This antechamber honors the European Recovery Program, better known as the Marshall Plan.

This antechamber served as a dining room at the time of Saint-Florentin and of Talleyrand. It had a sober décor, as did the two other antechambers. The walls were covered with wood panels. The flooring was made of black and white stone.

In the 19th century, the decoration was considerably modified and enriched to house the Rothschilds’ impressive collection of paintings by Peter Paul Rubens. The wood panels covering the walls were replaced by a décor of fabric and gilded ornaments. A new pier glass and four haut-relief over-doors representing the four seasons were also added. The room’s original fireplace, and later stove, were removed. Finally, as in the two other antechambers, the stone floors were replaced by a parquet floor.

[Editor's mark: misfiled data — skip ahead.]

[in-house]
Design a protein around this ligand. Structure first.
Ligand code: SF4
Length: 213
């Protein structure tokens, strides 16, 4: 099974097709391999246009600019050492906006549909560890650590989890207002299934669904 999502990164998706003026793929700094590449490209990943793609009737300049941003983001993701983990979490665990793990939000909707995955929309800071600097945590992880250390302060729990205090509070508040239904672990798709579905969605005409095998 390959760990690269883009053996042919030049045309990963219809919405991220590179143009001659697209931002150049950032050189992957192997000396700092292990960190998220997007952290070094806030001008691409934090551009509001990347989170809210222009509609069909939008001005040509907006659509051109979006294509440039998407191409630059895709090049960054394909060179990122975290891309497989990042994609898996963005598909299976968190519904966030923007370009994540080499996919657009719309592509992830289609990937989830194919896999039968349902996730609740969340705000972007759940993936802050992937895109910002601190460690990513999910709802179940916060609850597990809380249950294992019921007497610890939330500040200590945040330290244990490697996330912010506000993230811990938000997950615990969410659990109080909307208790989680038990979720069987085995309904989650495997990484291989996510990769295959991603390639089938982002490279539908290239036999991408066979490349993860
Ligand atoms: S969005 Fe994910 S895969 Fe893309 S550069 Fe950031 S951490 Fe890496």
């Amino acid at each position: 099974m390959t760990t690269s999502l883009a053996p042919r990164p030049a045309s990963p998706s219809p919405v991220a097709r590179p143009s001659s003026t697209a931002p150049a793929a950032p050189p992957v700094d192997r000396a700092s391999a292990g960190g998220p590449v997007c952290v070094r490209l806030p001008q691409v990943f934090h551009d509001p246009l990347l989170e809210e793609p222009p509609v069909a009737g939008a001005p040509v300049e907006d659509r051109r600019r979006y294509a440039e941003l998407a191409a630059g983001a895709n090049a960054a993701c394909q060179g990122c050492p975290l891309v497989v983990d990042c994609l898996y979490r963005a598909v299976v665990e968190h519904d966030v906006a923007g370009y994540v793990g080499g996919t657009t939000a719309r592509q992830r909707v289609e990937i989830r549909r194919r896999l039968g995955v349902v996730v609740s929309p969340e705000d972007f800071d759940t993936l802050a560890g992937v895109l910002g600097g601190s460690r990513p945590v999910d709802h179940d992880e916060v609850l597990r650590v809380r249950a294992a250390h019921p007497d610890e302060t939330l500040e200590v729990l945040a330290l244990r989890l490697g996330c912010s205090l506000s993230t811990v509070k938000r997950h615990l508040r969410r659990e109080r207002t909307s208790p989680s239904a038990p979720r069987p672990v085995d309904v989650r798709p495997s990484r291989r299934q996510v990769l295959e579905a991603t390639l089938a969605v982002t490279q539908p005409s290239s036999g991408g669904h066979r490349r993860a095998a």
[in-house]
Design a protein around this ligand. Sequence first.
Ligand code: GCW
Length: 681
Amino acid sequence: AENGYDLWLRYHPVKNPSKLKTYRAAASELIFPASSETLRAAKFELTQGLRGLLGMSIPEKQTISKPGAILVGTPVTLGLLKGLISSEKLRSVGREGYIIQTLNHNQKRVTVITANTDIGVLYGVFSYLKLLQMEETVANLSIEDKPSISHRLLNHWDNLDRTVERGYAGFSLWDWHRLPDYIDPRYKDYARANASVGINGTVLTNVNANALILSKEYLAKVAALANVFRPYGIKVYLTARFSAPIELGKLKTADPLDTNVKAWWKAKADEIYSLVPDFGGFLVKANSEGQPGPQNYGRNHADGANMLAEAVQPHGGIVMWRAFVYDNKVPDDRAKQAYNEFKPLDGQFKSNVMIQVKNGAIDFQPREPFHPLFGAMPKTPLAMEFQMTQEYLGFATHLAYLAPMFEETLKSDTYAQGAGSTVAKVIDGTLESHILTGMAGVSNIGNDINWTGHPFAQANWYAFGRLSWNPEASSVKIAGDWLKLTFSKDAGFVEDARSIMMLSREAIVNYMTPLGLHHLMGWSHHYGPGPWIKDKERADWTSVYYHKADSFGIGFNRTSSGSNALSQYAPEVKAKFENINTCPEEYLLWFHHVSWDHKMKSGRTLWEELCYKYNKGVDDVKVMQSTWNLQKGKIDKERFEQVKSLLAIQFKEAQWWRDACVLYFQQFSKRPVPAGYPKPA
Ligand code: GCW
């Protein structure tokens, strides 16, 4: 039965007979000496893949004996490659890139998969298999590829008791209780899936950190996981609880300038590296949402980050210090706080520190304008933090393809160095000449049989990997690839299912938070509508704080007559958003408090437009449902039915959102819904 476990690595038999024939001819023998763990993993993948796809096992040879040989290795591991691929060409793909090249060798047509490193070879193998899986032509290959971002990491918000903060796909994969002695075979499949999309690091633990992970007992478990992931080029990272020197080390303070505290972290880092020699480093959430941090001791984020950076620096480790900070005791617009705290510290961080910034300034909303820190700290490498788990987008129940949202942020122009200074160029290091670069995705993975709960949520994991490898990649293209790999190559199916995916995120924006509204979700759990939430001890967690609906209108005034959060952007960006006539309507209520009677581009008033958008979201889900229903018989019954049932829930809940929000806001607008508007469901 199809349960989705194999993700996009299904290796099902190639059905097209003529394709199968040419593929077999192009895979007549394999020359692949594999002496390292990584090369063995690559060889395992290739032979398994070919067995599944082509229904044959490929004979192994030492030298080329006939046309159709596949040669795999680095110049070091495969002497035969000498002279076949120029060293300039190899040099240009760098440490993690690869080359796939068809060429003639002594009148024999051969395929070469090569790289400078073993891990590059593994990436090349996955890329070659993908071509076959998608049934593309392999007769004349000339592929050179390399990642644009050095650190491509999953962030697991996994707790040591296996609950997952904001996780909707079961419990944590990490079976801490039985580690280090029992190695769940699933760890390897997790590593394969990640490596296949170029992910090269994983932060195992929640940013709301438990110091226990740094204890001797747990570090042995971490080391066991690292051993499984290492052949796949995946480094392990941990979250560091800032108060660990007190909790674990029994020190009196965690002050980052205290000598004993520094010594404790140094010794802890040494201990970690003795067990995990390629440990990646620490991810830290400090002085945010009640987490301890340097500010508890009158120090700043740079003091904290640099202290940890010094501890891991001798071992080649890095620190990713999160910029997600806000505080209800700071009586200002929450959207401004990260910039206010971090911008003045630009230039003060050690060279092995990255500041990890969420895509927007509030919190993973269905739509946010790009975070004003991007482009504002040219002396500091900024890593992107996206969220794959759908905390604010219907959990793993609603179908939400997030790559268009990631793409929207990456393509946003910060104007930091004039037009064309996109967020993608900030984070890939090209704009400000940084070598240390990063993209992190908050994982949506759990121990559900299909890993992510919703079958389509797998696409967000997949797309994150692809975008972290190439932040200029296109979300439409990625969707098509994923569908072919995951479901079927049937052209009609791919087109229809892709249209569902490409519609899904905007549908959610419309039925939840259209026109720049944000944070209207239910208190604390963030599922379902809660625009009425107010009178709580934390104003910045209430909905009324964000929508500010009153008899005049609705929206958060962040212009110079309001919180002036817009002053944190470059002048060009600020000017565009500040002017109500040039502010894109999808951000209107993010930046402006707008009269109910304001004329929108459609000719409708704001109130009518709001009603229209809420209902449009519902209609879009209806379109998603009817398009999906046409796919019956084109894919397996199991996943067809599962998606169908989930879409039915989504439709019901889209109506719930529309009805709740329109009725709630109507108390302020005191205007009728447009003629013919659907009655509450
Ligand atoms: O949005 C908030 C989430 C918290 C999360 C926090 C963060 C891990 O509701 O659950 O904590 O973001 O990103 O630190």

The Rothschilds did not use this antechamber for dining. They used the dining rooms now referred to as the Rothschild Dining Room and the Grand Dining Room, which are part of the building extension which they commissioned in the late 1860s.

The décor as it appears today draws from the 19th century. The rich crimson fabric that decorates the walls was woven by Tassinari & Chatel in a workshop in Lyon